Description:     This proposed constitutional amendment would, if approved by voters on the ballot, require judicial nominating commissions to provide the governor with a list of all qualified candidates from which to select a nominee. Under current law, the nominating commission may pass along a list of only three names from which the governor may pick.
Status:             The bill, as amended, was approved by the Senate General Laws Committee on 3/1/2017. It was placed on the Senate Informal Calendar of Bills for Perfection on 5/8/2017.

State:               NORTH CAROLINA
Bill Info:           HB 100; Sponsor: Rep. Justin Burr and co-sponsors; Introduced: 2/14/2017           
Description:     The bill restores partisan elections for the selection of superior and district court judges.
Status:             The legislature overrode the governor’s veto, and the bill was passed into law on 3/23/2017.

State:               NORTH CAROLINA
Bill Info:           HB 240; Sponsor: Rep. Justin Burr and co-sponsors; Introduced: 3/1/2017
Description:     The bill transfers the governor’s authority to fill interim district court vacancies to the legislature.
Status:             The bill passed the House and was sent to the Senate Committee on Rules and Operations on 3/14/2017.

State:               NORTH CAROLINA
Bill Info:           HB 241; Sponsor: Rep. Justin Burr and co-sponsors; Introduced: 3/1/2017
Description:     The bill transfers the governor’s authority to name special superior court judges to the legislature.
Status:             The bill passed the House and was sent to the Senate Committee on Rules and Operations on 3/14/2017.

State:               NORTH CAROLINA
Bill Info:           SB 306; Sponsor: Sen. Jeff Tarte and co-sponsor; Introduced: 3/16/2017
Description:     The bill would “subdivide Mecklenburg County District Courts to mirror the Superior Court Districts.”
Status:             The bill was referred to the Senate Select Committee on Elections on 4/10/2017.

State:               NORTH CAROLINA
Bill Info:           HB 335; Sponsor: Rep. Justin Burr and co-sponsors; Introduced: 3/13/2017
Description:     The bill would require the governor to fill judicial vacancies from a list of three persons recommended by the vacating judge’s political party.
Status:             The bill passed the House on 4/26/2017. It was referred to the Senate Committee on Rules and Operations on 4/27/2017.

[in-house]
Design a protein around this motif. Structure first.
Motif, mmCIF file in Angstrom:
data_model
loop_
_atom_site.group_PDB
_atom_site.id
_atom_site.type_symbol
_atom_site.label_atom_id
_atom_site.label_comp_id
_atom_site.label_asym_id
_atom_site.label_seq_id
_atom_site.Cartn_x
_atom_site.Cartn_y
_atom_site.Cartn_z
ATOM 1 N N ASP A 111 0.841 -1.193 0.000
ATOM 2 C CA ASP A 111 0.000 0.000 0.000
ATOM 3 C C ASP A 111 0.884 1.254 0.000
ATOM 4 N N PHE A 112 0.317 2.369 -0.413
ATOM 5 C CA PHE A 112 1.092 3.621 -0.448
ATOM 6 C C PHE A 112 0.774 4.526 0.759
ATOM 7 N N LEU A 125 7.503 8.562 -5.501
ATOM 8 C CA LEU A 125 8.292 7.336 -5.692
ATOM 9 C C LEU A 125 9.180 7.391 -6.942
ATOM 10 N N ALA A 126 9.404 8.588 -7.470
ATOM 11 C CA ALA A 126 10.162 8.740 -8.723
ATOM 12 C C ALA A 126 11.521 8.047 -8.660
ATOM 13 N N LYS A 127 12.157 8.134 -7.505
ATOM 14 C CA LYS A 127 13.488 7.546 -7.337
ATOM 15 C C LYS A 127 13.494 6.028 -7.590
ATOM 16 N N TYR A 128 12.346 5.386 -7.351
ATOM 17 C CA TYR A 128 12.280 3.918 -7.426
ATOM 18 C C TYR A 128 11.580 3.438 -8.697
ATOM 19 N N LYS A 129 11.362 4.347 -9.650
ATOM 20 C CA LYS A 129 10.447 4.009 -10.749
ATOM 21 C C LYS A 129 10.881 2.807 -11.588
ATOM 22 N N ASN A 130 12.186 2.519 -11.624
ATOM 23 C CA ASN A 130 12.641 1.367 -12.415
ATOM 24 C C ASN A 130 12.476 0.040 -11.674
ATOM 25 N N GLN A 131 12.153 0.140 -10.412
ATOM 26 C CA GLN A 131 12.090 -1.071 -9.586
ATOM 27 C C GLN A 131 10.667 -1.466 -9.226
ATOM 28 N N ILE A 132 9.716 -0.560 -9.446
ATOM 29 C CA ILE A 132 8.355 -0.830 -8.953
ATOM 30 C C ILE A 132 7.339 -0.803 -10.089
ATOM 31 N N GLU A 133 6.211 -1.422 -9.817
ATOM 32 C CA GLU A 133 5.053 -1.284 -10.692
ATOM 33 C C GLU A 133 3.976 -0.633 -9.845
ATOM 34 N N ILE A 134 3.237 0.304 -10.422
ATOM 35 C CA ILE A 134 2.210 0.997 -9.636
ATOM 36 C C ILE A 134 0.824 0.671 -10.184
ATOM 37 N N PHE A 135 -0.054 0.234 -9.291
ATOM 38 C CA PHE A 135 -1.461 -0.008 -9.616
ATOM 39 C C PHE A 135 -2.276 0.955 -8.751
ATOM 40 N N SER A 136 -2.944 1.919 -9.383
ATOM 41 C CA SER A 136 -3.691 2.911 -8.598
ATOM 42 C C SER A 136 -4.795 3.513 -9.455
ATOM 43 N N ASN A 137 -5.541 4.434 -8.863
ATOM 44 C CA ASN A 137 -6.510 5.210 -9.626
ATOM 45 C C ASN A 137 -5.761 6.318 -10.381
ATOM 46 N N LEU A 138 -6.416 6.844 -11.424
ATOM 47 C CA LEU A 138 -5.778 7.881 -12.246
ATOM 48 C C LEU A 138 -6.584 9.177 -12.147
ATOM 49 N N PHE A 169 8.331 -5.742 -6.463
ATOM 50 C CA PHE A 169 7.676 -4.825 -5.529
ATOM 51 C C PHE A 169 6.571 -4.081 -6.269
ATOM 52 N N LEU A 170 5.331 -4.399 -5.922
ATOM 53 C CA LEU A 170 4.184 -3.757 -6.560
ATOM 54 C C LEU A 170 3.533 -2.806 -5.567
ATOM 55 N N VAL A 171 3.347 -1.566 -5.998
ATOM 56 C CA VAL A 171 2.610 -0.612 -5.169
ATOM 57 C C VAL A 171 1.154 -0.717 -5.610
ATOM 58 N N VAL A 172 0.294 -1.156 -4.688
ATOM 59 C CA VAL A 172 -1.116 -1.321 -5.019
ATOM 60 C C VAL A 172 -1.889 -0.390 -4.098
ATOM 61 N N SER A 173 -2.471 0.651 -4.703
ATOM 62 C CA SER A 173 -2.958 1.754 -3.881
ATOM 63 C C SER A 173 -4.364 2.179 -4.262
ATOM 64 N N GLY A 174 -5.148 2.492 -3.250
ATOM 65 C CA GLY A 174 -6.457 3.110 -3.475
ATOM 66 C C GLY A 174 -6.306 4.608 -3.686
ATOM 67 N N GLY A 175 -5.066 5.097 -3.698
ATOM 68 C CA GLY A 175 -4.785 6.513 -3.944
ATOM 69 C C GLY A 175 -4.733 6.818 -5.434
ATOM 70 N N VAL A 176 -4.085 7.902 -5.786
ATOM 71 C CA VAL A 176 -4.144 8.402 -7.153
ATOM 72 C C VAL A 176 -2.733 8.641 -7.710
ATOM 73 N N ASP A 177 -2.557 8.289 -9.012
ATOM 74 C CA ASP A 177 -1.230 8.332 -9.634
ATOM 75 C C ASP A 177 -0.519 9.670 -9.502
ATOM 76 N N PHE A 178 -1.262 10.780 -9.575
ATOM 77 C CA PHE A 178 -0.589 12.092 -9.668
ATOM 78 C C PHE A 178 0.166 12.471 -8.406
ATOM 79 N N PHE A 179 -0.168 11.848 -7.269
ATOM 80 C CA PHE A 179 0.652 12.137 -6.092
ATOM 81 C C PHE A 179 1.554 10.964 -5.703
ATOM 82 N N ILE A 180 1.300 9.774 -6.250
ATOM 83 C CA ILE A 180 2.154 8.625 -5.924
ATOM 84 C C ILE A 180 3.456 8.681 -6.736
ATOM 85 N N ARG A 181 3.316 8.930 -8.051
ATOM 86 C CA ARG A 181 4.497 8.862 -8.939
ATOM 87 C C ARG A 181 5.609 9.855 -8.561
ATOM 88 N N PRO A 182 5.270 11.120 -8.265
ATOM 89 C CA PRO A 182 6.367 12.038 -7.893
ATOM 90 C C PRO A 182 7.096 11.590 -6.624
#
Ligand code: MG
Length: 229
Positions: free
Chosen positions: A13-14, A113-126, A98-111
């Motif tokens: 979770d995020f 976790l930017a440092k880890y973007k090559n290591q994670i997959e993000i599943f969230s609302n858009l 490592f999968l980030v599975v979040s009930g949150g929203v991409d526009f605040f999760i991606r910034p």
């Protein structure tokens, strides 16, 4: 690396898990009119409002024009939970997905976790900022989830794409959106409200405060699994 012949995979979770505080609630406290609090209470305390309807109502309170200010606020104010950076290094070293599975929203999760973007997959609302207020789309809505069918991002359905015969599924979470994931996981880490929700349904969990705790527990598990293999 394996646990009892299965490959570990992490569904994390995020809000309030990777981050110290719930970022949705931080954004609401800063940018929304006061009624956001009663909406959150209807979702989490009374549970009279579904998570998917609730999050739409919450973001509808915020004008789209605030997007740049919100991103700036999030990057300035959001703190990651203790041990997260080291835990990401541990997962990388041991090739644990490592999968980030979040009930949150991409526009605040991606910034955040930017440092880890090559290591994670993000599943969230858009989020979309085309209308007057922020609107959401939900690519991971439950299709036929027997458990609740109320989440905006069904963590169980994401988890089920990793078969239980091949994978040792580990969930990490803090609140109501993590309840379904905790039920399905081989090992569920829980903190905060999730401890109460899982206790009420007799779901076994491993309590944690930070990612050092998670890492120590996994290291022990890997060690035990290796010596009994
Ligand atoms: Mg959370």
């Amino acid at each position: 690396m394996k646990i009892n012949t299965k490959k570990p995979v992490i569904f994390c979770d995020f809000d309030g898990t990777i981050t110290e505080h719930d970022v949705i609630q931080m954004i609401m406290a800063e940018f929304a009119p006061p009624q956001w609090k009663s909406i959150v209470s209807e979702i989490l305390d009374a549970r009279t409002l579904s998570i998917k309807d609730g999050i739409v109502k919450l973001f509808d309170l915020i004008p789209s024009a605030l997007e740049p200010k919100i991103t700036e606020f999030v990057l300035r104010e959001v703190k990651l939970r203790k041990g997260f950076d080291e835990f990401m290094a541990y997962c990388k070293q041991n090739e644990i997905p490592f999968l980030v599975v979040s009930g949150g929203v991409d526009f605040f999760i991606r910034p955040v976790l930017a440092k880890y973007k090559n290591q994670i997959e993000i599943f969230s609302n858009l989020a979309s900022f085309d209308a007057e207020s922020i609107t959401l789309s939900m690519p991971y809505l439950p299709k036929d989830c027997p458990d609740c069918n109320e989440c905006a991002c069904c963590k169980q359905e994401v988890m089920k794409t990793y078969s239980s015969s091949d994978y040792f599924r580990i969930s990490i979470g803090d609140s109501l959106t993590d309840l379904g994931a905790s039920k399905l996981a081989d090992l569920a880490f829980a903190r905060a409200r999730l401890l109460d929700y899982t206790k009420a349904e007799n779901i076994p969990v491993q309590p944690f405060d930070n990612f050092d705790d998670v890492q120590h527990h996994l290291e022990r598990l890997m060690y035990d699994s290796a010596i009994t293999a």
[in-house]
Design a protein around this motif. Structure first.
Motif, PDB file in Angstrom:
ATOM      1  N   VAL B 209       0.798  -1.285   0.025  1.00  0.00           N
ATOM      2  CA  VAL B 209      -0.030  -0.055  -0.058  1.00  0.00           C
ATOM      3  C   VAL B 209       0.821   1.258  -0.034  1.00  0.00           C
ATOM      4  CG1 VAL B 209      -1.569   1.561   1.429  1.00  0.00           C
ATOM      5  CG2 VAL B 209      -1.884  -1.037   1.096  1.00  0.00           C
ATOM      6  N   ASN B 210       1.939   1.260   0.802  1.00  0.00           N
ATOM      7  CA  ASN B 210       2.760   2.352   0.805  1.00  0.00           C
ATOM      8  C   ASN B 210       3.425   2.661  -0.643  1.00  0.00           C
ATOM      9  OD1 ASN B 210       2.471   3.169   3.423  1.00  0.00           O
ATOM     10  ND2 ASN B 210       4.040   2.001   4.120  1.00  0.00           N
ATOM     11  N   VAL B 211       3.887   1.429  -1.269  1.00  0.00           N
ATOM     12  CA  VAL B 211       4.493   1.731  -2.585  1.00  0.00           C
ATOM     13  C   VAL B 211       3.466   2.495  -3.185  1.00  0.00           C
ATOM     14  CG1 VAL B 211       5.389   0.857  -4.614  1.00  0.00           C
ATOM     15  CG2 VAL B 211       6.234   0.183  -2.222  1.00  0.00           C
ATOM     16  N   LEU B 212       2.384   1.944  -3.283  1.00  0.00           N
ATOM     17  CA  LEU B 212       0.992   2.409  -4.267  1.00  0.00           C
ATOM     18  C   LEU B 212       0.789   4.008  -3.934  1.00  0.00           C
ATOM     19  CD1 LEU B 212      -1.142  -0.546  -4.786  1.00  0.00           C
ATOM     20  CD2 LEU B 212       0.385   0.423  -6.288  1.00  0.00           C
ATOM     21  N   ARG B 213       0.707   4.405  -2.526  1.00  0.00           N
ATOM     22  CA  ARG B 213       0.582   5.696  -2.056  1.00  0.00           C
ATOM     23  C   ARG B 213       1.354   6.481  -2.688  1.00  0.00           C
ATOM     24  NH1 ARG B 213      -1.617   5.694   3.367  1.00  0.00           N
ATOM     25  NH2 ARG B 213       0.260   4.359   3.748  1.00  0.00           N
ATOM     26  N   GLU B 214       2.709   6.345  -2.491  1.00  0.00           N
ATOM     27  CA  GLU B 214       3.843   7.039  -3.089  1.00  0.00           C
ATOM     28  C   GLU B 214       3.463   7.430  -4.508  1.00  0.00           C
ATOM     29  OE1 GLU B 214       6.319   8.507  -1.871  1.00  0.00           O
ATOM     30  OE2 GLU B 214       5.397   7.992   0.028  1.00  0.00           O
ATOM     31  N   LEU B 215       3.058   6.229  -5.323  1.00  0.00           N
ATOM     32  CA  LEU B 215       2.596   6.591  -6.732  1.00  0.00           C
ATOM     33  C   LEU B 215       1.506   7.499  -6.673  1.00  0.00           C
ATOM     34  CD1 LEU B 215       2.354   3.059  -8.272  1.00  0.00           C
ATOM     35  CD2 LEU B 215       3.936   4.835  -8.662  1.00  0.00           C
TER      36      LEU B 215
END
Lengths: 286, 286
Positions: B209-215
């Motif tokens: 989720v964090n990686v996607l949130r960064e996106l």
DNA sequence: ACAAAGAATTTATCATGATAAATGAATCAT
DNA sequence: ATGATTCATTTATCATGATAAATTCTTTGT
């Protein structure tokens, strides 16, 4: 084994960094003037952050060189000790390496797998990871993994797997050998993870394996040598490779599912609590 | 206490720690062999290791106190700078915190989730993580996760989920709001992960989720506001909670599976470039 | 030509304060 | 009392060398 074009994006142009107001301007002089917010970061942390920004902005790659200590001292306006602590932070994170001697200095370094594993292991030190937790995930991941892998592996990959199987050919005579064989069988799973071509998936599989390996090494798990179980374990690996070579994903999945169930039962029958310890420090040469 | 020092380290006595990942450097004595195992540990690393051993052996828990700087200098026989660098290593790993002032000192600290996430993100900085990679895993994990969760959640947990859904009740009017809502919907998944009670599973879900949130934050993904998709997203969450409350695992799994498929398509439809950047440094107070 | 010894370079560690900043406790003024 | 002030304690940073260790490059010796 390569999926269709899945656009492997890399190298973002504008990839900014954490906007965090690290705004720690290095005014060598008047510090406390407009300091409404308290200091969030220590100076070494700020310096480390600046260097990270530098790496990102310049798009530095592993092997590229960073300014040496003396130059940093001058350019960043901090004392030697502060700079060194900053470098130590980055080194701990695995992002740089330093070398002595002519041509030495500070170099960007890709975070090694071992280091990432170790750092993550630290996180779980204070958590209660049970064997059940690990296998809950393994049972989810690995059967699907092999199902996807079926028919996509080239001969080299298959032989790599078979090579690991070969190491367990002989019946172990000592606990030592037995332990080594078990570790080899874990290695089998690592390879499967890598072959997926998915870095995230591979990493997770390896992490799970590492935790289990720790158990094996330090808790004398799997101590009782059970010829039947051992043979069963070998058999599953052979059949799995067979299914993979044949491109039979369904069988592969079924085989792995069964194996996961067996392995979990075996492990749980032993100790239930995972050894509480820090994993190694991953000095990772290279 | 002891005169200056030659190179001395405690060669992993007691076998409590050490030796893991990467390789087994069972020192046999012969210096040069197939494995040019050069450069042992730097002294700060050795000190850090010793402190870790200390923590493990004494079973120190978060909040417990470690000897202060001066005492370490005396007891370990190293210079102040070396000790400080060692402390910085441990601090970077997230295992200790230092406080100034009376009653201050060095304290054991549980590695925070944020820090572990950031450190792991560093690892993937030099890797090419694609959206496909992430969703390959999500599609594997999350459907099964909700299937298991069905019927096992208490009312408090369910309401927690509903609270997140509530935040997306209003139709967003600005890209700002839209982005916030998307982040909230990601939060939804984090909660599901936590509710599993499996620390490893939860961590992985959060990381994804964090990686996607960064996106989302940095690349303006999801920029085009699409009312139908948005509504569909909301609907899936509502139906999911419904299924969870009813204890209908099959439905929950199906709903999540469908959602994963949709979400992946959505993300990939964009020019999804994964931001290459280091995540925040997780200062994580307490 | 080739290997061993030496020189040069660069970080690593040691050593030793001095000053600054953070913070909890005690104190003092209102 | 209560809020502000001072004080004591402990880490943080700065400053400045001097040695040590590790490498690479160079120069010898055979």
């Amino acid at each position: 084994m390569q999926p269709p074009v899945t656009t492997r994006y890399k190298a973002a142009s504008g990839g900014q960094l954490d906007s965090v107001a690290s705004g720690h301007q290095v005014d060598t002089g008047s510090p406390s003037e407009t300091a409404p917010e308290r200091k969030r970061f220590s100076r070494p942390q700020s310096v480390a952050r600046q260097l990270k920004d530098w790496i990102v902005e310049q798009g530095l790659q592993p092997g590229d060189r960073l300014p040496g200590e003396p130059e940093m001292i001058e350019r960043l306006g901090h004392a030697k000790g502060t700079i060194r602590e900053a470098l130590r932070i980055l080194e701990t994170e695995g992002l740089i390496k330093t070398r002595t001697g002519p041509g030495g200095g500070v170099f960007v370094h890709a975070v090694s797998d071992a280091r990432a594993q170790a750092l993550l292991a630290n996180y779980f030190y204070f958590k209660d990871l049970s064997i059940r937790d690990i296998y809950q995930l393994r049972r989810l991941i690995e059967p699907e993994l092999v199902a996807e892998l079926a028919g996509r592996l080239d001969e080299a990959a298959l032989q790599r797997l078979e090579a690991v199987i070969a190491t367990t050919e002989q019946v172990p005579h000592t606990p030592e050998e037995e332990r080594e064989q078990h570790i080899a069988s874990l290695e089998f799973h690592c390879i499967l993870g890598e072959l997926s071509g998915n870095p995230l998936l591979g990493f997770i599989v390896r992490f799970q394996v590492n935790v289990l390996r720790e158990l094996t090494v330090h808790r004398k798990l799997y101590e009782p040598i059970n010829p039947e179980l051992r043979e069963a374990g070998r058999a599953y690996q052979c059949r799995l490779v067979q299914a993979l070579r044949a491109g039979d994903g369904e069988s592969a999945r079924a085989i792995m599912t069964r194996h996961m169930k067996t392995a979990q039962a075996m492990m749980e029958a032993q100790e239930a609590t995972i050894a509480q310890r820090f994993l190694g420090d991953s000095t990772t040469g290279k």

State:               NORTH DAKOTA
Bill Info:           HB 1313; Sponsor: Rep. Jeffrey Magrum; Introduced: 1/16/2017
Description:     The bill would remove all attorneys and judges from the judicial conduct commission, require all members to be active or retired military, and transfer commission appointment power from the governor to the adjutant general.
Status:             The bill, as amended, was rejected in the House on 2/3. The legislative session ended on 4/27/2017.

State:               OKLAHOMA
Bill Info:           SJR 14; Sponsor: Sen. Nathan Dahm and co-sponsor; Introduced: 1/18/2017
Description:     The bill would change retention elections for appellate judges such that judges would need support from 60% of voters rather than a simple majority to keep their seats.
Status:             The bill was approved by the Senate Judiciary Committee on 2/7/2017. The bill received a House co-sponsor on 2/13/2017.

State:               OKLAHOMA
Bill Info:           SJR 42; Sponsor: Sen. Anthony Sykes and co-sponsor; Introduced: 1/19/2017
Description:     The bill would require partisan elections for all appellate courts.
Status:             The bill was approved by the Senate Judiciary Committee on 2/7/2017. The bill received a House co-sponsor on 3/15/2017.

State:               OKLAHOMA
Bill Info:           SJR 43; Sponsor: Sen. Anthony Sykes and co-sponsor; Introduced: 1/20/2017
Description:     Under the bill, the Judicial Nominating Commission would no longer vet and recommend candidates to the governor for judicial office but would instead review candidates selected by the governor as either “qualified” or “not qualified” before the candidate would go to the Senate for confirmation.
Status:             The bill passed the Senate on 3/21/2017. It was referred to the House Rules Committee on 3/27/2017.